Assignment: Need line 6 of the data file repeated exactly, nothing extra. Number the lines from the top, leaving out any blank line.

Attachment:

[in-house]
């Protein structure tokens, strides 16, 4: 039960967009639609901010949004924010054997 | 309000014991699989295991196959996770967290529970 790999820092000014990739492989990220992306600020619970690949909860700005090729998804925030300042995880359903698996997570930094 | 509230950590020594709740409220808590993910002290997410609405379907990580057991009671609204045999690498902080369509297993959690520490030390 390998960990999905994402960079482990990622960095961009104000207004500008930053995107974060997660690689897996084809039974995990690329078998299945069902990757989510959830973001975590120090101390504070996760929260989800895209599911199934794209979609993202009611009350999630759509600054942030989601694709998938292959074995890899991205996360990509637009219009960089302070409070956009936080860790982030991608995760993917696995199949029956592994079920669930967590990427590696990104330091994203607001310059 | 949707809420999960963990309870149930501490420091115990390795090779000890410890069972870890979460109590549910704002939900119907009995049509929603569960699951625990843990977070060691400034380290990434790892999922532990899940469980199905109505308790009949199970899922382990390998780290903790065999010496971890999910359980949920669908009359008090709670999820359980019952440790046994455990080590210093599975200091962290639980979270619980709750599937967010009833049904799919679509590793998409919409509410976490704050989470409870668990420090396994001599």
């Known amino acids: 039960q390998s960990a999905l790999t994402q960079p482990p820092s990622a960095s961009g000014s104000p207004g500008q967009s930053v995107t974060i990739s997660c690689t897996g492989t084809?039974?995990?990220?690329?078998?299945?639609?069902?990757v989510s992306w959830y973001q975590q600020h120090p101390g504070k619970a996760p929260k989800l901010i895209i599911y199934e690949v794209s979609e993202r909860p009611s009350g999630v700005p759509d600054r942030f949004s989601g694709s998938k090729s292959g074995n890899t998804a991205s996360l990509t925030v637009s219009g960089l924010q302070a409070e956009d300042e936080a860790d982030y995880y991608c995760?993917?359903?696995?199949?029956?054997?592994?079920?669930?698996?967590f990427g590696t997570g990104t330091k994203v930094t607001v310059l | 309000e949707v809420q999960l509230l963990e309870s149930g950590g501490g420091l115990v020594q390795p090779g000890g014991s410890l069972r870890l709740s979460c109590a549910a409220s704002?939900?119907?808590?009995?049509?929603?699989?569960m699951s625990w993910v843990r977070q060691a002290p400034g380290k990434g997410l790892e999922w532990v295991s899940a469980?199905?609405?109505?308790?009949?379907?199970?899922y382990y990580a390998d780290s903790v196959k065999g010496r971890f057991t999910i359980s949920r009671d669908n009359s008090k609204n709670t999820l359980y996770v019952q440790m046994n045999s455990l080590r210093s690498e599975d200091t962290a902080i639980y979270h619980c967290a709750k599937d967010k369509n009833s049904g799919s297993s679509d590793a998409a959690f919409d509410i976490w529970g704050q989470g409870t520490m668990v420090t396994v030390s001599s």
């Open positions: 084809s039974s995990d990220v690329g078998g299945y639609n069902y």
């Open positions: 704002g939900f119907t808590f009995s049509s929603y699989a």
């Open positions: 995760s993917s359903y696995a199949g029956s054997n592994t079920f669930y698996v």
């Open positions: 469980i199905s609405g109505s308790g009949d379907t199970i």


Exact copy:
């Open positions: 995760s993917s359903y696995a199949g029956s054997n592994t079920f669930y698996v």